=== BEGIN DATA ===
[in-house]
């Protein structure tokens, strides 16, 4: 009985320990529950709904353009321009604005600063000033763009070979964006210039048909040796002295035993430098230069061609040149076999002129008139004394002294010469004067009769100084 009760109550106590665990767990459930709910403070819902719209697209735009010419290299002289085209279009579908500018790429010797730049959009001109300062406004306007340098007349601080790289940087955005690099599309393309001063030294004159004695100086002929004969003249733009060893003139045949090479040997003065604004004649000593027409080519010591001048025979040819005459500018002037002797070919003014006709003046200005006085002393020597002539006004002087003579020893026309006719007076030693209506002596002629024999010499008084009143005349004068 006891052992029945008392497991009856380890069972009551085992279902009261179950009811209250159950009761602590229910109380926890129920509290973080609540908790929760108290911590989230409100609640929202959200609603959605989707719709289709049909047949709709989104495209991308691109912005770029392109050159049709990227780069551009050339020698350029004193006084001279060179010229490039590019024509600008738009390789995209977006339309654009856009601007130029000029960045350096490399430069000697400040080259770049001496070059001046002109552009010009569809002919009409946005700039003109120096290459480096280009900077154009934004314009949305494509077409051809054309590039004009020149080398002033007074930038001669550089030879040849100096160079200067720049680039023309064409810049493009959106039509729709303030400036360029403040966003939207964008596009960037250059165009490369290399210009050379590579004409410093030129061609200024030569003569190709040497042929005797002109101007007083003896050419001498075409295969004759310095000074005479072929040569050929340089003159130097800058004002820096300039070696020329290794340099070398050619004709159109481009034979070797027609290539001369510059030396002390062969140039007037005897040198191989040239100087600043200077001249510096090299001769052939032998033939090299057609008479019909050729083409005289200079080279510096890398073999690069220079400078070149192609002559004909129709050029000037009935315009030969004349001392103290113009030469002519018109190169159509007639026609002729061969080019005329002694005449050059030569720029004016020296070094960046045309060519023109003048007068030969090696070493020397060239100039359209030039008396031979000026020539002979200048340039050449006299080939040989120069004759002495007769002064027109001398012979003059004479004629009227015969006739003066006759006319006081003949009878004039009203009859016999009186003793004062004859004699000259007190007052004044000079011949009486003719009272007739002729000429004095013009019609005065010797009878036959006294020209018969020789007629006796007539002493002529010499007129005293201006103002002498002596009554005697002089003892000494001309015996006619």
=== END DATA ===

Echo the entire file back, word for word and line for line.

[in-house]
């Protein structure tokens, strides 16, 4: 009985320990529950709904353009321009604005600063000033763009070979964006210039048909040796002295035993430098230069061609040149076999002129008139004394002294010469004067009769100084 009760109550106590665990767990459930709910403070819902719209697209735009010419290299002289085209279009579908500018790429010797730049959009001109300062406004306007340098007349601080790289940087955005690099599309393309001063030294004159004695100086002929004969003249733009060893003139045949090479040997003065604004004649000593027409080519010591001048025979040819005459500018002037002797070919003014006709003046200005006085002393020597002539006004002087003579020893026309006719007076030693209506002596002629024999010499008084009143005349004068 006891052992029945008392497991009856380890069972009551085992279902009261179950009811209250159950009761602590229910109380926890129920509290973080609540908790929760108290911590989230409100609640929202959200609603959605989707719709289709049909047949709709989104495209991308691109912005770029392109050159049709990227780069551009050339020698350029004193006084001279060179010229490039590019024509600008738009390789995209977006339309654009856009601007130029000029960045350096490399430069000697400040080259770049001496070059001046002109552009010009569809002919009409946005700039003109120096290459480096280009900077154009934004314009949305494509077409051809054309590039004009020149080398002033007074930038001669550089030879040849100096160079200067720049680039023309064409810049493009959106039509729709303030400036360029403040966003939207964008596009960037250059165009490369290399210009050379590579004409410093030129061609200024030569003569190709040497042929005797002109101007007083003896050419001498075409295969004759310095000074005479072929040569050929340089003159130097800058004002820096300039070696020329290794340099070398050619004709159109481009034979070797027609290539001369510059030396002390062969140039007037005897040198191989040239100087600043200077001249510096090299001769052939032998033939090299057609008479019909050729083409005289200079080279510096890398073999690069220079400078070149192609002559004909129709050029000037009935315009030969004349001392103290113009030469002519018109190169159509007639026609002729061969080019005329002694005449050059030569720029004016020296070094960046045309060519023109003048007068030969090696070493020397060239100039359209030039008396031979000026020539002979200048340039050449006299080939040989120069004759002495007769002064027109001398012979003059004479004629009227015969006739003066006759006319006081003949009878004039009203009859016999009186003793004062004859004699000259007190007052004044000079011949009486003719009272007739002729000429004095013009019609005065010797009878036959006294020209018969020789007629006796007539002493002529010499007129005293201006103002002498002596009554005697002089003892000494001309015996006619």